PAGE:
We pulled up to his house at 3:20pm with Bon Jovi blasting through the speakers. In total, the journey took us 6 days, 5 hours and 8 minutes, and we drove 5,080 miles. We averaged a rather mediocre 21.89 miles to the gallon, but we also blew the doors off of most of the south and midwest of the country, so its a wash.
The truth of the matter was that the L was not the least bit concerned about the fact that it drove coast-to-coast in less than a week. Nothing went wrong besides the several rock chips in the windshield, and the hood release was pulled at some point near Cadillac Ranch, which I noticed as we came out of the gift shop, but neither one of us could figure out the cause of it. Honestly, the best thing about the little red wagon was that because it was so old, it had an old-school odometer, so we could watch the miles roll over which earned it major nostalgia points.
Video Credit: Kyle Ferlita
Oh yeah, and we saw some really cool stuff too.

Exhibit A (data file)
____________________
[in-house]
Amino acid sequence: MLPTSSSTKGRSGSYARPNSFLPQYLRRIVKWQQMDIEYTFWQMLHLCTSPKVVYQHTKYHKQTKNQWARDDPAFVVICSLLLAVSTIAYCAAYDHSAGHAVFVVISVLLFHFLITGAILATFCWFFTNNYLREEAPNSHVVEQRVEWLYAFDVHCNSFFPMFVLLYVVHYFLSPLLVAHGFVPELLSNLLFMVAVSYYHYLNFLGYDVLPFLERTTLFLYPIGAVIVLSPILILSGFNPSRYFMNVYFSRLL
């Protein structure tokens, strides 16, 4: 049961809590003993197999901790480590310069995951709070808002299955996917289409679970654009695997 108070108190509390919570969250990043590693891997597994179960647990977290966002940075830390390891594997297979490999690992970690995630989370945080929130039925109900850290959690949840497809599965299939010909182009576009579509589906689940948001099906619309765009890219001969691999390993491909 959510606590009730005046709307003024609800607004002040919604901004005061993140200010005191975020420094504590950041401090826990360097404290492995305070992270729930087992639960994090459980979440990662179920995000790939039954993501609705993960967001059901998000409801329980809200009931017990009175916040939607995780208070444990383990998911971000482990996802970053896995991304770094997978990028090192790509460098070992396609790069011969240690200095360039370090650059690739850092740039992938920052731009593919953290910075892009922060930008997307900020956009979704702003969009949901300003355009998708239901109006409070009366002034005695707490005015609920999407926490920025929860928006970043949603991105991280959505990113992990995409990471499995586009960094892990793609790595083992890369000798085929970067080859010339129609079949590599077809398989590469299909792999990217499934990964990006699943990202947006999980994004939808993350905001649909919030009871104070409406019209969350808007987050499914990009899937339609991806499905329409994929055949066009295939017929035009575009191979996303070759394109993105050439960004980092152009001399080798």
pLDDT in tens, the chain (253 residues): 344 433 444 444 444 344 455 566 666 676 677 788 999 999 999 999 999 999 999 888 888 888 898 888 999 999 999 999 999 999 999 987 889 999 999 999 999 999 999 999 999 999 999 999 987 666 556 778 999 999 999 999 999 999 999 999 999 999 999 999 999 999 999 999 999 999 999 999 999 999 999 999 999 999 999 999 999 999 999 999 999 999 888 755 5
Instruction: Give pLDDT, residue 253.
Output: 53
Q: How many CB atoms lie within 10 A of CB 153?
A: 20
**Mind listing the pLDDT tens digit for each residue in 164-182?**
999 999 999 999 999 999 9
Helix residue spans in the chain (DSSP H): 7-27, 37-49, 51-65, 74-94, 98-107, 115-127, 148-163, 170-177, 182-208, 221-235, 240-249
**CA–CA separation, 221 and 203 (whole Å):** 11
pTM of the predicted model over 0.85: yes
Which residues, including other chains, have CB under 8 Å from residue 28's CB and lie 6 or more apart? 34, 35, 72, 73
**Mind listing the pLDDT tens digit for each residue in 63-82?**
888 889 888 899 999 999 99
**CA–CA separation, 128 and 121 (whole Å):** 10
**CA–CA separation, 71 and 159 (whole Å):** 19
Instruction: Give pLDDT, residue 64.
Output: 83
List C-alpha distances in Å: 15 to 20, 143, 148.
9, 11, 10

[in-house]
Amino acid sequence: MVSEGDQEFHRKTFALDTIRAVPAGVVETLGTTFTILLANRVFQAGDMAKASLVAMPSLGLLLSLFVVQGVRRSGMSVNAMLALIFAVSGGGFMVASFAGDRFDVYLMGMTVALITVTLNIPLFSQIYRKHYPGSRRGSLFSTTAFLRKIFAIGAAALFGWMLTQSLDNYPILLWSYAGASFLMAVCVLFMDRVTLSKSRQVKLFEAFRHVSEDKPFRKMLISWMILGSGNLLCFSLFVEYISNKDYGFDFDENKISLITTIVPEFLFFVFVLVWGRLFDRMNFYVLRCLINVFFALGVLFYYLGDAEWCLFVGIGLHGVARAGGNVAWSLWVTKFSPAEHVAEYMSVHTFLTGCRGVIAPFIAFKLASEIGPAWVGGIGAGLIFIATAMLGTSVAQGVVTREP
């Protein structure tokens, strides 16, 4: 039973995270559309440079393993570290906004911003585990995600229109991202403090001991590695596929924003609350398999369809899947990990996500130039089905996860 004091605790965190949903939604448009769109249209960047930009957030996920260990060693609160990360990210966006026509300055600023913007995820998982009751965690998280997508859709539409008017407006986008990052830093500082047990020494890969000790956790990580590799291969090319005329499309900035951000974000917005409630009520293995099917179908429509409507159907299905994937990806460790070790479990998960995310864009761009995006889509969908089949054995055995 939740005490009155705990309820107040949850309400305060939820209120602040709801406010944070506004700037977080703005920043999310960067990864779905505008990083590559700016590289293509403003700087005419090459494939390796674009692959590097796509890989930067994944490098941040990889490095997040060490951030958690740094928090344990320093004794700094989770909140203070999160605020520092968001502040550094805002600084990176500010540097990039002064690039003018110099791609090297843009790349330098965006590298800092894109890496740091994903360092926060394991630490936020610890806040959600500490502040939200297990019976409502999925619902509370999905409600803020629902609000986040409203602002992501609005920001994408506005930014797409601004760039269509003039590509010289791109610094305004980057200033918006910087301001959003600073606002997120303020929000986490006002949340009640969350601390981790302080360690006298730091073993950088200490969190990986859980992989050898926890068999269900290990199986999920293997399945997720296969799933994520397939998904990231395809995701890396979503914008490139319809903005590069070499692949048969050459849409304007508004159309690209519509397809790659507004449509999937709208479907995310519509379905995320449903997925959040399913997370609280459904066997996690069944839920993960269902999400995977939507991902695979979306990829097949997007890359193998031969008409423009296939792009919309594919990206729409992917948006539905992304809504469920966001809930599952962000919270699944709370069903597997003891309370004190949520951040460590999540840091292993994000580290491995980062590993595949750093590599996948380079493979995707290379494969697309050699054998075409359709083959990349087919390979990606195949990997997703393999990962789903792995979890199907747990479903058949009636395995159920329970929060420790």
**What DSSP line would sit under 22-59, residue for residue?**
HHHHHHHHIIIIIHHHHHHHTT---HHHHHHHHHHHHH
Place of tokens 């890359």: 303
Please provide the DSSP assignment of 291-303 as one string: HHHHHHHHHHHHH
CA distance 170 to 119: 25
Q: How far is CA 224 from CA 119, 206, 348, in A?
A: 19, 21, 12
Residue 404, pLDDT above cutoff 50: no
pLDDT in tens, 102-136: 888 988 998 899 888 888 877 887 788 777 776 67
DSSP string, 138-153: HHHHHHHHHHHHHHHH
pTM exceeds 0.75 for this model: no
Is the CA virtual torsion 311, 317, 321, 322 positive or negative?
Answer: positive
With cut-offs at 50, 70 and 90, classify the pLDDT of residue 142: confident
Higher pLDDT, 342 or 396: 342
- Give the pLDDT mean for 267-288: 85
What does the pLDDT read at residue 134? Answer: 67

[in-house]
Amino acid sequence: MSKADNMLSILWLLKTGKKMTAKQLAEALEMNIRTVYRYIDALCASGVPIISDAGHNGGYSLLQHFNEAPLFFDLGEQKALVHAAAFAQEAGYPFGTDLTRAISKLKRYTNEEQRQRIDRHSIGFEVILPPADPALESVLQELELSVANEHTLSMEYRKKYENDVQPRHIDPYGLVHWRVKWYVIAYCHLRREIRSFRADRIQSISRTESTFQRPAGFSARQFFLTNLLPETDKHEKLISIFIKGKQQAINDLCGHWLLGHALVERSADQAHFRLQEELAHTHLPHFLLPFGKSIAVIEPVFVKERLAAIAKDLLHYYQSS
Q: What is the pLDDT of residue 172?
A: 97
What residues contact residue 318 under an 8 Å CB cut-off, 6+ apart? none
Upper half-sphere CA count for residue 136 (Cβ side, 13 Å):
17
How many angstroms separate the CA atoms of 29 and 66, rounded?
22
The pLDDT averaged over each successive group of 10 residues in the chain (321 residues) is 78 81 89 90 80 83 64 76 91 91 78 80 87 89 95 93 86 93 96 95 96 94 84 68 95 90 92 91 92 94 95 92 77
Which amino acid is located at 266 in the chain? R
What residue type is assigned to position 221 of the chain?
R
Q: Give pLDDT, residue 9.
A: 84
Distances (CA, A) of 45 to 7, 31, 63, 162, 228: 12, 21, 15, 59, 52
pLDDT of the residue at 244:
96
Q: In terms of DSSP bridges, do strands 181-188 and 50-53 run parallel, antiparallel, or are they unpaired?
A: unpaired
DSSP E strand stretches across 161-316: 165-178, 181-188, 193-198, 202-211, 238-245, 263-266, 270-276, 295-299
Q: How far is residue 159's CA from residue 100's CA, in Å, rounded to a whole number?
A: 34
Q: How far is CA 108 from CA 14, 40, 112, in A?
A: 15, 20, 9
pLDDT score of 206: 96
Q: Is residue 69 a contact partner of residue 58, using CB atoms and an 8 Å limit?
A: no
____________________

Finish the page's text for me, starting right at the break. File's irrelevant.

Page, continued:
Driving cross-country has been on my bucket since I first got into cars, and now I can cross it off my list, but there are so many things out there that I haven't seen yet that I'm already working on my next trip. My advice would be to find an old wagon, and start throwing darts at a map. Get yourself a couple friends and go explore. There are plenty of faded map dots that can make for some incredible stories, and plenty of things that are waiting to be explored. Sure, you could also wait for the pandemic to be over, but if you're safe, and smart, then the world is your oyster.
What's a cool road trip you have taken? Is there anywhere that you're planning to road trip to in the future? Comment Below!